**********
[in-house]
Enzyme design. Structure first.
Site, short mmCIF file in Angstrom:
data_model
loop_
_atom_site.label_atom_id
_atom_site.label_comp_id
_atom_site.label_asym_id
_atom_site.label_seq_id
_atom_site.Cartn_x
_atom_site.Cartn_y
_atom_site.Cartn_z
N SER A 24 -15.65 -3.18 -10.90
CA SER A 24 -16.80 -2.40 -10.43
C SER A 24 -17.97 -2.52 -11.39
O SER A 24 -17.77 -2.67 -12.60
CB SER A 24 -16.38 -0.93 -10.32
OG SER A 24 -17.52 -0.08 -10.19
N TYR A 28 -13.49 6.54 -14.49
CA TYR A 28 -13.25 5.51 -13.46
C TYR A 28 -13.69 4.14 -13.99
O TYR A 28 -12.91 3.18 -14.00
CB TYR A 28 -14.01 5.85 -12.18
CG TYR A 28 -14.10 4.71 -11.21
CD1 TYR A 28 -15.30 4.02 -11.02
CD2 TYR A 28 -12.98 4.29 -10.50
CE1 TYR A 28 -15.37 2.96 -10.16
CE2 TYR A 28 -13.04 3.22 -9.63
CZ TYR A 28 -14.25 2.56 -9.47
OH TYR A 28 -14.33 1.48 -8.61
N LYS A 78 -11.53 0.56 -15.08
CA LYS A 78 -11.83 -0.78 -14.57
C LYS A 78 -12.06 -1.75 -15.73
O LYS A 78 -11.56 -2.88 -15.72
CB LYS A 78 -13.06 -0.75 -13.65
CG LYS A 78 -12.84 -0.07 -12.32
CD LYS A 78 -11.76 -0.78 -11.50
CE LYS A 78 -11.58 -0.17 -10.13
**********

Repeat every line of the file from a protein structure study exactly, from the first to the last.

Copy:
[in-house]
Enzyme design. Structure first.
Site, short mmCIF file in Angstrom:
data_model
loop_
_atom_site.label_atom_id
_atom_site.label_comp_id
_atom_site.label_asym_id
_atom_site.label_seq_id
_atom_site.Cartn_x
_atom_site.Cartn_y
_atom_site.Cartn_z
N SER A 24 -15.65 -3.18 -10.90
CA SER A 24 -16.80 -2.40 -10.43
C SER A 24 -17.97 -2.52 -11.39
O SER A 24 -17.77 -2.67 -12.60
CB SER A 24 -16.38 -0.93 -10.32
OG SER A 24 -17.52 -0.08 -10.19
N TYR A 28 -13.49 6.54 -14.49
CA TYR A 28 -13.25 5.51 -13.46
C TYR A 28 -13.69 4.14 -13.99
O TYR A 28 -12.91 3.18 -14.00
CB TYR A 28 -14.01 5.85 -12.18
CG TYR A 28 -14.10 4.71 -11.21
CD1 TYR A 28 -15.30 4.02 -11.02
CD2 TYR A 28 -12.98 4.29 -10.50
CE1 TYR A 28 -15.37 2.96 -10.16
CE2 TYR A 28 -13.04 3.22 -9.63
CZ TYR A 28 -14.25 2.56 -9.47
OH TYR A 28 -14.33 1.48 -8.61
N LYS A 78 -11.53 0.56 -15.08
CA LYS A 78 -11.83 -0.78 -14.57
C LYS A 78 -12.06 -1.75 -15.73
O LYS A 78 -11.56 -2.88 -15.72
CB LYS A 78 -13.06 -0.75 -13.65
CG LYS A 78 -12.84 -0.07 -12.32
CD LYS A 78 -11.76 -0.78 -11.50
CE LYS A 78 -11.58 -0.17 -10.13